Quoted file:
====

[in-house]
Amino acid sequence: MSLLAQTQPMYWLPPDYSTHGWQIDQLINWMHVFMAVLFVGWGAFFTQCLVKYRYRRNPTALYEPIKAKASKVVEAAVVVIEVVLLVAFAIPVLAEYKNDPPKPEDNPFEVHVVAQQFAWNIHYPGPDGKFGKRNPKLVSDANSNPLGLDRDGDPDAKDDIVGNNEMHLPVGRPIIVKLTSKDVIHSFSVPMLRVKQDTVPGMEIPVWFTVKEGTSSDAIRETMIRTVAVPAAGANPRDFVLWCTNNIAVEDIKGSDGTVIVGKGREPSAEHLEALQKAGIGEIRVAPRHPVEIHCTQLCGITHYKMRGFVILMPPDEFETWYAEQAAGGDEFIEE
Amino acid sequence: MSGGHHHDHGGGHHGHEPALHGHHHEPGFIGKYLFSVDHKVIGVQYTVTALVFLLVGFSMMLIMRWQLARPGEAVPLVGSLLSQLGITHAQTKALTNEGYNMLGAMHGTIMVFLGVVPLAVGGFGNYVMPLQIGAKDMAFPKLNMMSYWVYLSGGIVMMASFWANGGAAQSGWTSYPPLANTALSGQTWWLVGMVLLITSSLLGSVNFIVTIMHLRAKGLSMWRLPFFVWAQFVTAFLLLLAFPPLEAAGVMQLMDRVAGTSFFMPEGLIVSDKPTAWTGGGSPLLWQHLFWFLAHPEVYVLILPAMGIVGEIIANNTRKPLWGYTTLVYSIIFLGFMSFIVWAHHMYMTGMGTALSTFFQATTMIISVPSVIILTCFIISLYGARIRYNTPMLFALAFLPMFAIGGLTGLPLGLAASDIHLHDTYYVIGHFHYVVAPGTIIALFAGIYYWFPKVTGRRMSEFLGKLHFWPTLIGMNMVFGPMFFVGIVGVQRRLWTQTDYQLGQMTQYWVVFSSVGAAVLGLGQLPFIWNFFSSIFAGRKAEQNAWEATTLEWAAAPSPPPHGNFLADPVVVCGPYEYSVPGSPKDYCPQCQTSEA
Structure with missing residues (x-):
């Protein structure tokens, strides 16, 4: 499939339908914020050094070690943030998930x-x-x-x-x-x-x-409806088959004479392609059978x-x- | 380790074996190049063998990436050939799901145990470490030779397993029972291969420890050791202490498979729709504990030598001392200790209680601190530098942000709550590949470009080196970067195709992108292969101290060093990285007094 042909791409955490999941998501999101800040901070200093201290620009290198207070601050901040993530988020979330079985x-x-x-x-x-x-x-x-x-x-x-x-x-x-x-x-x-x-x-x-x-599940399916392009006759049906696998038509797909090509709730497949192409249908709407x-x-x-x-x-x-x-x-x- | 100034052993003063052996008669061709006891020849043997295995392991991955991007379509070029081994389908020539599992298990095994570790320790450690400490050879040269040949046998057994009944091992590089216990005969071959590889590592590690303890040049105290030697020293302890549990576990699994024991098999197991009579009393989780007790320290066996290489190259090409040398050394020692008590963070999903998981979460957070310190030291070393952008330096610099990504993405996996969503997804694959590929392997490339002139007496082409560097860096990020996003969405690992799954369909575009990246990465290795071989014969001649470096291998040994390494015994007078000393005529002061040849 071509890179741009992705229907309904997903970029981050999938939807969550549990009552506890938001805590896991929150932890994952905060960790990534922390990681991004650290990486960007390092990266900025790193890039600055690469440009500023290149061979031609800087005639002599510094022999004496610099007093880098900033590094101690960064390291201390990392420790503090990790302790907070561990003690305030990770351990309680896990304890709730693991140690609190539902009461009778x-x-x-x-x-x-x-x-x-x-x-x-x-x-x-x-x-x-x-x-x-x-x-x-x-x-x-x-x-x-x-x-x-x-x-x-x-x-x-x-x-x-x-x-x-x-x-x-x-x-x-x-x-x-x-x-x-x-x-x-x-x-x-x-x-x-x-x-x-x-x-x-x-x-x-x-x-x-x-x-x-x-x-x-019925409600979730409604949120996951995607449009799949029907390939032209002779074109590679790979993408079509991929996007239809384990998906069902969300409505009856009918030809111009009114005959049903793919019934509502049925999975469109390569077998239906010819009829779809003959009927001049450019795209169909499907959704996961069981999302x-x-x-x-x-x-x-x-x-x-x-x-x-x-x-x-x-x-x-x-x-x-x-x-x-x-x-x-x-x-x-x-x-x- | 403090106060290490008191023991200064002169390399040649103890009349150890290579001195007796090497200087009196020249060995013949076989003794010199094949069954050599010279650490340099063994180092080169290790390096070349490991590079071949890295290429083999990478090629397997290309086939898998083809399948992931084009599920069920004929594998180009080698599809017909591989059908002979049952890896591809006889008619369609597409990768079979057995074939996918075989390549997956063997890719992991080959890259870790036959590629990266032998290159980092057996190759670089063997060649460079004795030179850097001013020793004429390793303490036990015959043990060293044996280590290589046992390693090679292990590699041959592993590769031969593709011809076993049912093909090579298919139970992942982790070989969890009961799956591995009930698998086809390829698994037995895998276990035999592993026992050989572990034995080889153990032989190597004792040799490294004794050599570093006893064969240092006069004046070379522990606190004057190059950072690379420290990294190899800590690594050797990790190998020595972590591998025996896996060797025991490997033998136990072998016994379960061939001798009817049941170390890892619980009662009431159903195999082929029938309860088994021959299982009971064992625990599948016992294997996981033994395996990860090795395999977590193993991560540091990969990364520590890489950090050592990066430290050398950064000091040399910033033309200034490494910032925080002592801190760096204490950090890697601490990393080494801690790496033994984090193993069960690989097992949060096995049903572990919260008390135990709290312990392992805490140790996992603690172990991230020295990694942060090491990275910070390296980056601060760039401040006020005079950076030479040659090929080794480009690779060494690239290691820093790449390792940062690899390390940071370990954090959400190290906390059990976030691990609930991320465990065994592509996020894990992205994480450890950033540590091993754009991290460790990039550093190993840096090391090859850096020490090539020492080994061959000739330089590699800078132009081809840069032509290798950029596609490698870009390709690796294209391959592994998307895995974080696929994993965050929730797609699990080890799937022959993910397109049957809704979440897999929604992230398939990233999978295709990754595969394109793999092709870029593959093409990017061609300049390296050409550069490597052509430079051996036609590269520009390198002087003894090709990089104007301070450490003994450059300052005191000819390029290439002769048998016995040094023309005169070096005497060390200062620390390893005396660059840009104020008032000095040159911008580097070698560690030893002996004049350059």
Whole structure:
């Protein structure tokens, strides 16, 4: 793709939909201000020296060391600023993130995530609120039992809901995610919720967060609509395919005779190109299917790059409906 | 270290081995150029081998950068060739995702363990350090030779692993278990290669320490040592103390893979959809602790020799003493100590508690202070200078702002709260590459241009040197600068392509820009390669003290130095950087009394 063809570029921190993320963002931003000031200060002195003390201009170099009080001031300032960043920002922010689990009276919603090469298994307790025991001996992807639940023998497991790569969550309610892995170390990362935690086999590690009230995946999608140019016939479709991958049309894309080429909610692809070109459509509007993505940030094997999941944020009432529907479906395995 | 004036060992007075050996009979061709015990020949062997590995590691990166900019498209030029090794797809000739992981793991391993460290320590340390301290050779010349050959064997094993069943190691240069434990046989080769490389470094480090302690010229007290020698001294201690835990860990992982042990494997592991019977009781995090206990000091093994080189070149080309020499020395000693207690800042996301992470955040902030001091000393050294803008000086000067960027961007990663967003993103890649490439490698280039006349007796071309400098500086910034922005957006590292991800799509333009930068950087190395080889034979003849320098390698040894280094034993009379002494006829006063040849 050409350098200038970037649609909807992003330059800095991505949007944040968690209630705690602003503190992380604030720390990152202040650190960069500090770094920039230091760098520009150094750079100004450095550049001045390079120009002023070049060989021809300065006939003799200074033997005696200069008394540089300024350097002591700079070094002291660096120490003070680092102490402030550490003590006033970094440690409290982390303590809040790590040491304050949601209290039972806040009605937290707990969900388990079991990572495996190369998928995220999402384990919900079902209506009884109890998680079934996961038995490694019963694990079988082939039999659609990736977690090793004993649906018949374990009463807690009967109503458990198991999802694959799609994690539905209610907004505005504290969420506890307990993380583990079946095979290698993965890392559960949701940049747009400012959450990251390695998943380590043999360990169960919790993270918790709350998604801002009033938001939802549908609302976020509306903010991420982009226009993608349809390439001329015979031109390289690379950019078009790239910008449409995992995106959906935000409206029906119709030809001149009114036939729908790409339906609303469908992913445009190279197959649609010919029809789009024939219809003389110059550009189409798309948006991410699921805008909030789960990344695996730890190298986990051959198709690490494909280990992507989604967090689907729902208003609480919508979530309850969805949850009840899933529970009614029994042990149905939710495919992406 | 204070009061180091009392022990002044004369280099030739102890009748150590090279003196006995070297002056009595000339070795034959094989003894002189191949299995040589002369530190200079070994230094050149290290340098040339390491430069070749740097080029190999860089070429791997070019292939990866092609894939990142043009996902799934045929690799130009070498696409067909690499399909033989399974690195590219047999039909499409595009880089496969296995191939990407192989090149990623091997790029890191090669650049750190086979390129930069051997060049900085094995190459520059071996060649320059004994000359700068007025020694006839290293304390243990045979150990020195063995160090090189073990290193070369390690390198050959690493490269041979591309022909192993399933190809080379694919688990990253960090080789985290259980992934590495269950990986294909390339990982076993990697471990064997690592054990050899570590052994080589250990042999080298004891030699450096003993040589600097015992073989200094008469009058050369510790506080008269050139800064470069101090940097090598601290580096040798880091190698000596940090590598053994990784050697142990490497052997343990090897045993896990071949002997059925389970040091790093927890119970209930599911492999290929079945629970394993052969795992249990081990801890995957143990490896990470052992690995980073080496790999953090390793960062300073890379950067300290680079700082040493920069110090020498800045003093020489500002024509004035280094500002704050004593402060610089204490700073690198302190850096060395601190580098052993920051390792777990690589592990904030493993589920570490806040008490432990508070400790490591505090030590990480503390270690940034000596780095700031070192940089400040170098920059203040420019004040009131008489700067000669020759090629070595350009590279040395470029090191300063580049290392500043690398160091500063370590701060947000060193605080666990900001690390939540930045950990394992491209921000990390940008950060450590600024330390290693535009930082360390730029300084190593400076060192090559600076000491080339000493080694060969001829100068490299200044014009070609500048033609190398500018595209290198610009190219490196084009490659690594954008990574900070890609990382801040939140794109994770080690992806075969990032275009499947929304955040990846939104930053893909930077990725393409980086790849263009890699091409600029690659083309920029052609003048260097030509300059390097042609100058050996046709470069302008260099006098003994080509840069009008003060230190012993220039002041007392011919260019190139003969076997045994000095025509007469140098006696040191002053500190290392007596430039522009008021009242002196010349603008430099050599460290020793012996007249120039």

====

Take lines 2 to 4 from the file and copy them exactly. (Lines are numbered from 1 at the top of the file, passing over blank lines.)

Amino acid sequence: MSLLAQTQPMYWLPPDYSTHGWQIDQLINWMHVFMAVLFVGWGAFFTQCLVKYRYRRNPTALYEPIKAKASKVVEAAVVVIEVVLLVAFAIPVLAEYKNDPPKPEDNPFEVHVVAQQFAWNIHYPGPDGKFGKRNPKLVSDANSNPLGLDRDGDPDAKDDIVGNNEMHLPVGRPIIVKLTSKDVIHSFSVPMLRVKQDTVPGMEIPVWFTVKEGTSSDAIRETMIRTVAVPAAGANPRDFVLWCTNNIAVEDIKGSDGTVIVGKGREPSAEHLEALQKAGIGEIRVAPRHPVEIHCTQLCGITHYKMRGFVILMPPDEFETWYAEQAAGGDEFIEE
Amino acid sequence: MSGGHHHDHGGGHHGHEPALHGHHHEPGFIGKYLFSVDHKVIGVQYTVTALVFLLVGFSMMLIMRWQLARPGEAVPLVGSLLSQLGITHAQTKALTNEGYNMLGAMHGTIMVFLGVVPLAVGGFGNYVMPLQIGAKDMAFPKLNMMSYWVYLSGGIVMMASFWANGGAAQSGWTSYPPLANTALSGQTWWLVGMVLLITSSLLGSVNFIVTIMHLRAKGLSMWRLPFFVWAQFVTAFLLLLAFPPLEAAGVMQLMDRVAGTSFFMPEGLIVSDKPTAWTGGGSPLLWQHLFWFLAHPEVYVLILPAMGIVGEIIANNTRKPLWGYTTLVYSIIFLGFMSFIVWAHHMYMTGMGTALSTFFQATTMIISVPSVIILTCFIISLYGARIRYNTPMLFALAFLPMFAIGGLTGLPLGLAASDIHLHDTYYVIGHFHYVVAPGTIIALFAGIYYWFPKVTGRRMSEFLGKLHFWPTLIGMNMVFGPMFFVGIVGVQRRLWTQTDYQLGQMTQYWVVFSSVGAAVLGLGQLPFIWNFFSSIFAGRKAEQNAWEATTLEWAAAPSPPPHGNFLADPVVVCGPYEYSVPGSPKDYCPQCQTSEA
Structure with missing residues (x-):